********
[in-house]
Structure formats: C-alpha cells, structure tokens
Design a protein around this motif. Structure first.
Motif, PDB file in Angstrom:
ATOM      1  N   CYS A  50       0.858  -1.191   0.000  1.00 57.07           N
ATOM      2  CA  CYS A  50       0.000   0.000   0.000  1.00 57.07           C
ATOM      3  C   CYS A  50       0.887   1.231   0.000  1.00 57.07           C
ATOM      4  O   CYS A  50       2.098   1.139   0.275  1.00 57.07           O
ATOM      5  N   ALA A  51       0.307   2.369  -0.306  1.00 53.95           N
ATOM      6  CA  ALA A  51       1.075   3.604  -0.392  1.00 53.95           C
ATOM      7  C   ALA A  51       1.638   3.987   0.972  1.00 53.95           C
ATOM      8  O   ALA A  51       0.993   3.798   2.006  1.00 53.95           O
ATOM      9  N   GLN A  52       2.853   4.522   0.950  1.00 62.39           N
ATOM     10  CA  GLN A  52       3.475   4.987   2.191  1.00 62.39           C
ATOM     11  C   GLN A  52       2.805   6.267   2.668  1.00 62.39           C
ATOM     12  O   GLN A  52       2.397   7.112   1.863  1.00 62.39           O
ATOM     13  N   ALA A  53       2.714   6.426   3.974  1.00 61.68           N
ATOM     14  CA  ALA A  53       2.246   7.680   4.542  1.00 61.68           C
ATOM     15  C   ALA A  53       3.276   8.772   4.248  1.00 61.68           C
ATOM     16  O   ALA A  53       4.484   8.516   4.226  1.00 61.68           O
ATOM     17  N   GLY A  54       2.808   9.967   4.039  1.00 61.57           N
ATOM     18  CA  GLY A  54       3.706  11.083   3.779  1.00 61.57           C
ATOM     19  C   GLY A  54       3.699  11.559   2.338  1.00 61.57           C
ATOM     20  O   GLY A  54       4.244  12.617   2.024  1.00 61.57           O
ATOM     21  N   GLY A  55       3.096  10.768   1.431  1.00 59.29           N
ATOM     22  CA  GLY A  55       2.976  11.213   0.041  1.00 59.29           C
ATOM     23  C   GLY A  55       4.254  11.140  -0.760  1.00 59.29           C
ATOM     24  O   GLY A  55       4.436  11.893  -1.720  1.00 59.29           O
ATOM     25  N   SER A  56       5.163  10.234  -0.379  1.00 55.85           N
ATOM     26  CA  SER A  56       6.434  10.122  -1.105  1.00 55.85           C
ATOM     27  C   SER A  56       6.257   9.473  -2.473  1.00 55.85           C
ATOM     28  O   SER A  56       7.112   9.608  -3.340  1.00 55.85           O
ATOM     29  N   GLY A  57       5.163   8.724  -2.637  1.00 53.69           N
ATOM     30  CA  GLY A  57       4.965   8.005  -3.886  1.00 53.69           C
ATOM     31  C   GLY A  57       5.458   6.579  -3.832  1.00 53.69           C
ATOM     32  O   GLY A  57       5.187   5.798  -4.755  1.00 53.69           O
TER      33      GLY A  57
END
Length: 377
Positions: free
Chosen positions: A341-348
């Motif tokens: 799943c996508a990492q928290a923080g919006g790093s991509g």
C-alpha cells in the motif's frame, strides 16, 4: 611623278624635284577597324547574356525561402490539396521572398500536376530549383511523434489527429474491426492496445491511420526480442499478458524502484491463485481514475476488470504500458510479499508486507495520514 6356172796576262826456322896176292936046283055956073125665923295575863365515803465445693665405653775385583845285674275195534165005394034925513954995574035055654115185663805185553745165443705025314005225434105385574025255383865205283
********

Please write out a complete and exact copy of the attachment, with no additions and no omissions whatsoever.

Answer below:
[in-house]
Structure formats: C-alpha cells, structure tokens
Design a protein around this motif. Structure first.
Motif, PDB file in Angstrom:
ATOM      1  N   CYS A  50       0.858  -1.191   0.000  1.00 57.07           N
ATOM      2  CA  CYS A  50       0.000   0.000   0.000  1.00 57.07           C
ATOM      3  C   CYS A  50       0.887   1.231   0.000  1.00 57.07           C
ATOM      4  O   CYS A  50       2.098   1.139   0.275  1.00 57.07           O
ATOM      5  N   ALA A  51       0.307   2.369  -0.306  1.00 53.95           N
ATOM      6  CA  ALA A  51       1.075   3.604  -0.392  1.00 53.95           C
ATOM      7  C   ALA A  51       1.638   3.987   0.972  1.00 53.95           C
ATOM      8  O   ALA A  51       0.993   3.798   2.006  1.00 53.95           O
ATOM      9  N   GLN A  52       2.853   4.522   0.950  1.00 62.39           N
ATOM     10  CA  GLN A  52       3.475   4.987   2.191  1.00 62.39           C
ATOM     11  C   GLN A  52       2.805   6.267   2.668  1.00 62.39           C
ATOM     12  O   GLN A  52       2.397   7.112   1.863  1.00 62.39           O
ATOM     13  N   ALA A  53       2.714   6.426   3.974  1.00 61.68           N
ATOM     14  CA  ALA A  53       2.246   7.680   4.542  1.00 61.68           C
ATOM     15  C   ALA A  53       3.276   8.772   4.248  1.00 61.68           C
ATOM     16  O   ALA A  53       4.484   8.516   4.226  1.00 61.68           O
ATOM     17  N   GLY A  54       2.808   9.967   4.039  1.00 61.57           N
ATOM     18  CA  GLY A  54       3.706  11.083   3.779  1.00 61.57           C
ATOM     19  C   GLY A  54       3.699  11.559   2.338  1.00 61.57           C
ATOM     20  O   GLY A  54       4.244  12.617   2.024  1.00 61.57           O
ATOM     21  N   GLY A  55       3.096  10.768   1.431  1.00 59.29           N
ATOM     22  CA  GLY A  55       2.976  11.213   0.041  1.00 59.29           C
ATOM     23  C   GLY A  55       4.254  11.140  -0.760  1.00 59.29           C
ATOM     24  O   GLY A  55       4.436  11.893  -1.720  1.00 59.29           O
ATOM     25  N   SER A  56       5.163  10.234  -0.379  1.00 55.85           N
ATOM     26  CA  SER A  56       6.434  10.122  -1.105  1.00 55.85           C
ATOM     27  C   SER A  56       6.257   9.473  -2.473  1.00 55.85           C
ATOM     28  O   SER A  56       7.112   9.608  -3.340  1.00 55.85           O
ATOM     29  N   GLY A  57       5.163   8.724  -2.637  1.00 53.69           N
ATOM     30  CA  GLY A  57       4.965   8.005  -3.886  1.00 53.69           C
ATOM     31  C   GLY A  57       5.458   6.579  -3.832  1.00 53.69           C
ATOM     32  O   GLY A  57       5.187   5.798  -4.755  1.00 53.69           O
TER      33      GLY A  57
END
Length: 377
Positions: free
Chosen positions: A341-348
């Motif tokens: 799943c996508a990492q928290a923080g919006g790093s991509g």
C-alpha cells in the motif's frame, strides 16, 4: 611623278624635284577597324547574356525561402490539396521572398500536376530549383511523434489527429474491426492496445491511420526480442499478458524502484491463485481514475476488470504500458510479499508486507495520514 6356172796576262826456322896176292936046283055956073125665923295575863365515803465445693665405653775385583845285674275195534165005394034925513954995574035055654115185663805185553745165443705025314005225434105385574025255383865205283